Autonobus trial proves Victoria ready for autonomous vehicles
The introduction of autonomous buses in Victoria, Australia is a step closer to becoming reality, following the successful completion of the state’s first trial of the technology, including work by an ITS (UK) member.
The final report on the Autonobus trial released today outlines key findings and recommendations to support the implementation of autonomous vehicles across Australia.
The report on the 12-month project at La Trobe University’s Bundoora campus also includes feedback from more than 500 passengers who experienced the world-class technology first-hand.
CEO of Keolis Downer, David Franks, said the pilot project demonstrated that safety, technical, operational and community requirements could be met for successful deployment now.
“What we have learnt can assist us in making the roll out of autonomous vehicles a reality in the immediate future,” Mr Franks said.
“The pilot project provided strong evidence autonomous buses present a significant opportunity in the short term to meet existing mobility needs and encourage more people on to public transport in Victoria and across Australia.
“The trial demonstrated autonomous buses can and should play an important role in the mobility mix as a complementary service to existing public transport.
“We now have the data to show they can operate safely within complex environments and that there is strong public support for them.
“All levels of Governments and the private sector must work together to ensure we have the right infrastructure and regulatory systems in place to facilitate the deployment of autonomous vehicles and ensure they are integrated into the planning process for transport and urban developments.”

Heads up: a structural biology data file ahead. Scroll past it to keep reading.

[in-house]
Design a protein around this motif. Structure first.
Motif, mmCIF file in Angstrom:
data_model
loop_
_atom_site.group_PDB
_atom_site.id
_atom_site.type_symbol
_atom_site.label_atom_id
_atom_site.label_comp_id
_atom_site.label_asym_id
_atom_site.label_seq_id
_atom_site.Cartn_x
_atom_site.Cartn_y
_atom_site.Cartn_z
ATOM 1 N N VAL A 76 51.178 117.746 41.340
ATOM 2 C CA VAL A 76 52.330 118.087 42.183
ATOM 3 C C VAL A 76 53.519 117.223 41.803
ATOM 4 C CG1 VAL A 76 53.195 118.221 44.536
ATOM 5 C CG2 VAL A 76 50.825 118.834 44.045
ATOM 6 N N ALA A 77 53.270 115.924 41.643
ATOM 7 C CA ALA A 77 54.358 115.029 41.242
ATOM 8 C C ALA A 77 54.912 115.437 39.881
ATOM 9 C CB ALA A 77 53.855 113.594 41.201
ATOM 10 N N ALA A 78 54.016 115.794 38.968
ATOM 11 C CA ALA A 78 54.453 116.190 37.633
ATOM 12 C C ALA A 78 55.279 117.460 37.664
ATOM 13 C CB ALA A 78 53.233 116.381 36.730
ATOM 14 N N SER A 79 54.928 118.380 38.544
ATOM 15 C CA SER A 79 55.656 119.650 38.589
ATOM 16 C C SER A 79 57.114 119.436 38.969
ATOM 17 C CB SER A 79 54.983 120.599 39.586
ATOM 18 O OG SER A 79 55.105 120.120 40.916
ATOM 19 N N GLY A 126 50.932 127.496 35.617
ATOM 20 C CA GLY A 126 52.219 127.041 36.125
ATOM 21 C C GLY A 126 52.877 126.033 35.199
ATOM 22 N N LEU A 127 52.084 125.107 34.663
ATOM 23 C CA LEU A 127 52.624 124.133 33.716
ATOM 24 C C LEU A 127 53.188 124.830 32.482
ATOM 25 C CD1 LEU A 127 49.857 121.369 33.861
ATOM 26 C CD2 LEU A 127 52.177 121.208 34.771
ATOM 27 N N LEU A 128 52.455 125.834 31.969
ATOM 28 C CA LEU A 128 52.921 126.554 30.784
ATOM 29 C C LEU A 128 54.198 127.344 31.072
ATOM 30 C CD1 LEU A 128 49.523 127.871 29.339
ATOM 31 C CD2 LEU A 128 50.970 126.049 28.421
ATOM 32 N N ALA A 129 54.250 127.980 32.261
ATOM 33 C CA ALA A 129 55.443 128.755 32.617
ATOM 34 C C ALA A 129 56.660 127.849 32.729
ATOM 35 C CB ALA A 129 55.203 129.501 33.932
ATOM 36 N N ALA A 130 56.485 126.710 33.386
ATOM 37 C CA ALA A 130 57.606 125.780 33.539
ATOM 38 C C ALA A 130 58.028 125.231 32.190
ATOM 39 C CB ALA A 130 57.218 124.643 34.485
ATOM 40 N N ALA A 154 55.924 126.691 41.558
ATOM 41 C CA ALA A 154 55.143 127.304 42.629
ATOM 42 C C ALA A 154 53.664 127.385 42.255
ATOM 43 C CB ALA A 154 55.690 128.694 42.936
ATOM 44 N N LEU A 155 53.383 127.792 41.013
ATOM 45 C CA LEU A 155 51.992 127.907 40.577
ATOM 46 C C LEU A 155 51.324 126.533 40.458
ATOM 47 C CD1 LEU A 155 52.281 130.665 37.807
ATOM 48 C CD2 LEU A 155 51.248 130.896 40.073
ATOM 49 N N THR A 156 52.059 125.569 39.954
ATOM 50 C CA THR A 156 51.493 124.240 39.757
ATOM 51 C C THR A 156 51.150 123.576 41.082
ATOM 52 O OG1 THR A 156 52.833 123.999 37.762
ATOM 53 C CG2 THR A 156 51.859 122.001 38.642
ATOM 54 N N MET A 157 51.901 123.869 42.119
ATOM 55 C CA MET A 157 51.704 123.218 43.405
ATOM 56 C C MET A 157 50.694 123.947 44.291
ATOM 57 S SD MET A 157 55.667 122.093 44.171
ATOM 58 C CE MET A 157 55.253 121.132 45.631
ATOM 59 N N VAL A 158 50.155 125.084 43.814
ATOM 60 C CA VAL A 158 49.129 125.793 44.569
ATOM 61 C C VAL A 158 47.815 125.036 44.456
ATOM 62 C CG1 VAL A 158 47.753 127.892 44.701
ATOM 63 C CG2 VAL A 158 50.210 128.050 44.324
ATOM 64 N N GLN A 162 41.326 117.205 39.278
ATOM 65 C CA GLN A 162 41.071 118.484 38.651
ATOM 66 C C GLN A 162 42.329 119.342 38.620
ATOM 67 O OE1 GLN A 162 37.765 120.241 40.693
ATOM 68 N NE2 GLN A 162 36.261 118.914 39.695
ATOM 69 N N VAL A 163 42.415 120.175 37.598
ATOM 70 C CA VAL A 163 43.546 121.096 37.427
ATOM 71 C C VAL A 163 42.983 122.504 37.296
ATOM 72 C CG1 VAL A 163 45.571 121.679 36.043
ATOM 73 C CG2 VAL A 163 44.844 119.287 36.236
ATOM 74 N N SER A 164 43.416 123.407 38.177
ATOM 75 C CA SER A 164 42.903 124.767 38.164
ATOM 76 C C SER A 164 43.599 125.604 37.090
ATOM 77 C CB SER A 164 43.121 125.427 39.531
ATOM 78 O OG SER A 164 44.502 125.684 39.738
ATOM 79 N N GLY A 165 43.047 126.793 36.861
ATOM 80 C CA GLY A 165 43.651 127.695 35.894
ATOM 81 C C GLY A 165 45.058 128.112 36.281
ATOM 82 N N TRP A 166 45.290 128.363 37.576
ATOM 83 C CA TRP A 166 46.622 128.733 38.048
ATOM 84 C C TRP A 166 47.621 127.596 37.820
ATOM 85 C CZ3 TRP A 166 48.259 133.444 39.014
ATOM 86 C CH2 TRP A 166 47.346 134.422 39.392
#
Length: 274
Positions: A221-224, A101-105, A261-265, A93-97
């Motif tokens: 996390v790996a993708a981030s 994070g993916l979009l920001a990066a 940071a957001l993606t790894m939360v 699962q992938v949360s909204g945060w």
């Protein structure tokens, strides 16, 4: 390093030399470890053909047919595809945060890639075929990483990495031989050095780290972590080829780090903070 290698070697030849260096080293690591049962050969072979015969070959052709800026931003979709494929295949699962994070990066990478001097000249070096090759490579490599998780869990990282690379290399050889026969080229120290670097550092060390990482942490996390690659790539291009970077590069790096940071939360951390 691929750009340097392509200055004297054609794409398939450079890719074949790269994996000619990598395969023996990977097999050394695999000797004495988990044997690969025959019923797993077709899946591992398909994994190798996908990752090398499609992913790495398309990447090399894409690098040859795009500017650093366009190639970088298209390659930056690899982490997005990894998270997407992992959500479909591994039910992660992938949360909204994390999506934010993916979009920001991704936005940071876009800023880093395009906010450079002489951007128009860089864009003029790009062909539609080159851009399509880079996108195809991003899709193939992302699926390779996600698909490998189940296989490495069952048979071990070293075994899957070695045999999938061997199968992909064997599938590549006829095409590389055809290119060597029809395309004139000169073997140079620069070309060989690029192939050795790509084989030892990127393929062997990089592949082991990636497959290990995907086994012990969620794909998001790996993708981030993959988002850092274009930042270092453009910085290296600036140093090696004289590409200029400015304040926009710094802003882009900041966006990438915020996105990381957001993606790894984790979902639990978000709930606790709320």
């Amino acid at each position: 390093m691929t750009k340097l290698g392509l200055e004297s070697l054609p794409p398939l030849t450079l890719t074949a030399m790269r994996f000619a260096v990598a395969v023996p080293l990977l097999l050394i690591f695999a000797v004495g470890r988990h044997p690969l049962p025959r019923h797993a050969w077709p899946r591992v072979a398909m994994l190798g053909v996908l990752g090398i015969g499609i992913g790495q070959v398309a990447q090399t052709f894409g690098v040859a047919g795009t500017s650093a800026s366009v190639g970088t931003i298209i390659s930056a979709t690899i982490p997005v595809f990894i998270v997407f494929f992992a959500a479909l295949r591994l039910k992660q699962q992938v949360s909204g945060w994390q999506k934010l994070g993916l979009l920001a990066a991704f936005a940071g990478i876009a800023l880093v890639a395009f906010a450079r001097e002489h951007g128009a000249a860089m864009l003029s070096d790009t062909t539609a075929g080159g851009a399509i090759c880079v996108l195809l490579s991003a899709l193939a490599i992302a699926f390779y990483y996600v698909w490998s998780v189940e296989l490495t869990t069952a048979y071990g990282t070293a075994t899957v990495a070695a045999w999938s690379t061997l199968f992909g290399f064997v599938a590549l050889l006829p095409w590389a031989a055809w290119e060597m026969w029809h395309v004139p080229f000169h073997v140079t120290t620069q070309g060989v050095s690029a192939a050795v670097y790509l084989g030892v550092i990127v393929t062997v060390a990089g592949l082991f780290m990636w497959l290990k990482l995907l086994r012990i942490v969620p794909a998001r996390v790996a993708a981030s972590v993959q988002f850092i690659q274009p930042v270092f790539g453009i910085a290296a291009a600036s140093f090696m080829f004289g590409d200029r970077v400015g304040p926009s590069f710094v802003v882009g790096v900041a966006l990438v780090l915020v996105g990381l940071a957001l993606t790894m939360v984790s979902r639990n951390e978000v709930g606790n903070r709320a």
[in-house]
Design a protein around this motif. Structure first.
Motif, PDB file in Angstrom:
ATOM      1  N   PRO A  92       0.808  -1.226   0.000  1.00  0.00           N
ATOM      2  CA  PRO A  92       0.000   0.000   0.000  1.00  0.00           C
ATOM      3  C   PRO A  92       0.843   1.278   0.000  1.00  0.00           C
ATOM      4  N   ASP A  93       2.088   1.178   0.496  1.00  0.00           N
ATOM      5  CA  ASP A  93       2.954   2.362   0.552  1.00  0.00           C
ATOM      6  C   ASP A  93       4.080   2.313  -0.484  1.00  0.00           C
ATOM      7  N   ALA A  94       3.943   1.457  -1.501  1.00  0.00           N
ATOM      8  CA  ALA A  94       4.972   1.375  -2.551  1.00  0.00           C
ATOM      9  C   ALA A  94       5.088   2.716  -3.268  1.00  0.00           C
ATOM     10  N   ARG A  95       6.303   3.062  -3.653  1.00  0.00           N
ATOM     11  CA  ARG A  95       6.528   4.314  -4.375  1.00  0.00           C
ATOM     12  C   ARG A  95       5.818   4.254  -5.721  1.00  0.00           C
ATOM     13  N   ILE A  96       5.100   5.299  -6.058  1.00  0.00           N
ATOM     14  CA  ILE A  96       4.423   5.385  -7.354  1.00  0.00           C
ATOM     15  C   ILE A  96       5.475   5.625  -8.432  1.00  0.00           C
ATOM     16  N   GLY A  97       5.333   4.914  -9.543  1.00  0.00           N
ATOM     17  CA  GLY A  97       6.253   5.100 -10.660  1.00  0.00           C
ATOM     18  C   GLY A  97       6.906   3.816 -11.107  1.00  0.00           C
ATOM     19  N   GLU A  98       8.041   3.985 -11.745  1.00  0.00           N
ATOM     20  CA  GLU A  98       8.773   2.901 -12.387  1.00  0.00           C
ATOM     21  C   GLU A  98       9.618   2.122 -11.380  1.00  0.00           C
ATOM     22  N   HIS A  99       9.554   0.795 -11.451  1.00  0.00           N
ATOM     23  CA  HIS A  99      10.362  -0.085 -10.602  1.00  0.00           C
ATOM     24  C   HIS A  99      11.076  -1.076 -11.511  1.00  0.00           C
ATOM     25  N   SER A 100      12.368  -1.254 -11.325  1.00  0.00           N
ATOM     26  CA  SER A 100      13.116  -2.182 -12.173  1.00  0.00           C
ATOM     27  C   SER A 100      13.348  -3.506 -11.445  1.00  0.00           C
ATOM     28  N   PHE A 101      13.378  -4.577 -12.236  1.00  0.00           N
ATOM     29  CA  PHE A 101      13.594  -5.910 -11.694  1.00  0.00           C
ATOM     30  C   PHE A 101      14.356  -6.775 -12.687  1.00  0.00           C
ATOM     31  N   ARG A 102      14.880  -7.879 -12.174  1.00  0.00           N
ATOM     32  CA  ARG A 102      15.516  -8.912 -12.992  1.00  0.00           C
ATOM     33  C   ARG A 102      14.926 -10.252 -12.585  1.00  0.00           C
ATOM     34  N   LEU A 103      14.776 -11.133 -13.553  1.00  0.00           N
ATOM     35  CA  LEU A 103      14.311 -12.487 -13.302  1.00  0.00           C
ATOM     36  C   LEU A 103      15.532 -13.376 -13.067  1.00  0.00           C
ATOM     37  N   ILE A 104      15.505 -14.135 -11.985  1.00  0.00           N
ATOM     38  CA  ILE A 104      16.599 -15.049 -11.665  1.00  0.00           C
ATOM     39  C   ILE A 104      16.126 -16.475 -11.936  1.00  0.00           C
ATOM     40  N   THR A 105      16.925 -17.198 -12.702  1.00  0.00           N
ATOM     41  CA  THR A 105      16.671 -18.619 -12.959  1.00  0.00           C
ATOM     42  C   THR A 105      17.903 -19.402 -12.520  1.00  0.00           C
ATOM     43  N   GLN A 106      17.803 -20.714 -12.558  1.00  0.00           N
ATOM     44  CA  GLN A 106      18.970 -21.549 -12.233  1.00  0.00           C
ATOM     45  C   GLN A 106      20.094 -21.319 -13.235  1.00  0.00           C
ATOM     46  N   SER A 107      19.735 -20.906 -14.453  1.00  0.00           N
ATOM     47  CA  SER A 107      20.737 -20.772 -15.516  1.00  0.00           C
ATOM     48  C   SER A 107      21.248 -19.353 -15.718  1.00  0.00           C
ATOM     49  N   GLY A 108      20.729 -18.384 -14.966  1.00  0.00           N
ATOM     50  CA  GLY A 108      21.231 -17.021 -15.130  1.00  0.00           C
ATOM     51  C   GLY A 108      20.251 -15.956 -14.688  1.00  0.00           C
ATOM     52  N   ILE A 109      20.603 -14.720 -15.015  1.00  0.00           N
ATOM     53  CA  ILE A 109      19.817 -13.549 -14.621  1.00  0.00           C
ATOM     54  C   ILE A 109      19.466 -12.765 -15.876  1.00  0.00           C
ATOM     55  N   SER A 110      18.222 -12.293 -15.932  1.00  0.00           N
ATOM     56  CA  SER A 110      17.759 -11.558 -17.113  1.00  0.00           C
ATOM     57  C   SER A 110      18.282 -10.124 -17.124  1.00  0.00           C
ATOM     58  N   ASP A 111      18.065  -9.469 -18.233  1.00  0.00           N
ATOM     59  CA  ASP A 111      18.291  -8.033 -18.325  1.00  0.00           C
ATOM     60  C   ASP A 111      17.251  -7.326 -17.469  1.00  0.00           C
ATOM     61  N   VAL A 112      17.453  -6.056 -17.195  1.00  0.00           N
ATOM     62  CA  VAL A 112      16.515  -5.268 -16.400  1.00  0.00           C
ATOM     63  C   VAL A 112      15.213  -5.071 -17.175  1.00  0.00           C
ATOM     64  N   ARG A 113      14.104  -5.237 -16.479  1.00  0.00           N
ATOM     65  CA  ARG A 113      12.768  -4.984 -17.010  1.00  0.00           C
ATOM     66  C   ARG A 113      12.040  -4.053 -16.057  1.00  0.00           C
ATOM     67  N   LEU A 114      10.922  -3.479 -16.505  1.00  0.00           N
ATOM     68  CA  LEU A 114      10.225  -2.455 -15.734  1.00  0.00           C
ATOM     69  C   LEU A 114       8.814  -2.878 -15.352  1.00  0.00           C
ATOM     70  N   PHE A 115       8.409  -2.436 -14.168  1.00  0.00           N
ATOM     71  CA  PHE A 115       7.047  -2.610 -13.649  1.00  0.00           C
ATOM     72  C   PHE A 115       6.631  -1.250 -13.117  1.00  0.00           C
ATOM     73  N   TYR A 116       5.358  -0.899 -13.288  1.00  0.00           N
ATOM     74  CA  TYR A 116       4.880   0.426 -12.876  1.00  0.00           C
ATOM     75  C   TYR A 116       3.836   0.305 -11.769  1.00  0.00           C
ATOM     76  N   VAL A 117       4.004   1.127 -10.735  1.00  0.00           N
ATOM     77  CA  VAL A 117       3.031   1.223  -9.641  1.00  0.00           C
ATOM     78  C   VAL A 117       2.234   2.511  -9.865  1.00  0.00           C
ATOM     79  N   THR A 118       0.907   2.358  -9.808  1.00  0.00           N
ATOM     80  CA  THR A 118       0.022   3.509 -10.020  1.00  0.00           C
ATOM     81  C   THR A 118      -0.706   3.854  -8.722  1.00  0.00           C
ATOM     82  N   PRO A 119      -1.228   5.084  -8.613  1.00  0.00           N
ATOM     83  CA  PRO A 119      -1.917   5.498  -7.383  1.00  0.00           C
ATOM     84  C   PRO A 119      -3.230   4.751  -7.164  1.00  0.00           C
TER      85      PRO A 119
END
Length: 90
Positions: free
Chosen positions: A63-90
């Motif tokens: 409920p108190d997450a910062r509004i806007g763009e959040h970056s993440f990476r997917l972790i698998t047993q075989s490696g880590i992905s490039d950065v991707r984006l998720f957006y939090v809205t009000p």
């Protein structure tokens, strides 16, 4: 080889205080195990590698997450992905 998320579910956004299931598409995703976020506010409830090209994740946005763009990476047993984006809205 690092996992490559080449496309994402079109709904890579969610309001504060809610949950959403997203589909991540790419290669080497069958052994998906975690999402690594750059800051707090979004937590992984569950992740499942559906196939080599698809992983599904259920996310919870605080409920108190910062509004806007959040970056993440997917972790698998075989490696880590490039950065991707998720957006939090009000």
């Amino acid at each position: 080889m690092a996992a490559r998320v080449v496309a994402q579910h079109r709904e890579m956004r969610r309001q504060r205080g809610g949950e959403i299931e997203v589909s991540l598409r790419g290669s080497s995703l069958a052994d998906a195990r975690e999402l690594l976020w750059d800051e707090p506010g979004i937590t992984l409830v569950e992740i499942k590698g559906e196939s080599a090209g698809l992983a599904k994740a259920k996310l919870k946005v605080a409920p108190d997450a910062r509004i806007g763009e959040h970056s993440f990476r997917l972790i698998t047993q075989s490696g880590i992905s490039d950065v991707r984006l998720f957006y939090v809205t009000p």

CEO of HMI Technologies, Dean Zabrieszach, said the Autonobus passed every test it underwent during more than six months operation at La Trobe University.
“The vehicle was put through rigorous safety, technical, operational and passenger testing on a pre-programmed route, interacting with pedestrians, cars, buses and cyclists,” Mr Zabrieszach said.
“No other trial in Australia has tested an autonomous vehicle of this type in such a dense urban location.
“We have demonstrated that it can be done – safely, without incident and in compliance with road safety laws.
“The technology is ready for deployment in other similar environments where there is high activity and a controlled set of circumstances, including first and last mile transport services.”
Director of La Trobe’s Centre for Technology Infusion, Professor Ani Desai, said the 517 passengers who rode on Autonobus during the trial provided essential feedback in pre and post-ride surveys.
“It’s clear from the results of the trial that autonomous buses are already close to reality in transport users’ minds,” Professor Desai said.
“Before jumping on board Autonobus, almost 20 per cent of passenger surveyed said they could not see themselves riding on driverless buses in the future.
“After experiencing the technology first-hand, just 10 per cent of passengers still felt this way.
“Critically, the study also indicated that potential customers would be willing to pay a fair price for such a service.”
The report includes a number of recommendations; including considering autonomous vehicles in future infrastructure planning and investment decisions, further trials of the technology and continued education and engagement to prepare communities for the arrival of autonomous vehicles.
Partly funded by the Victorian Government Smarter Journeys Program, the project brings together the private sector, academia and Victoria’s largest member organisation. It is a collaboration between VicRoads, Keolis Downer, La Trobe University, HMI Technologies, RACV and ARRB.
The aim of the passenger trial was to gain a better understanding of the technology and how to integrate it into the existing public transport systems to connect passengers to a transport hub – a concept known as last mile connectivity.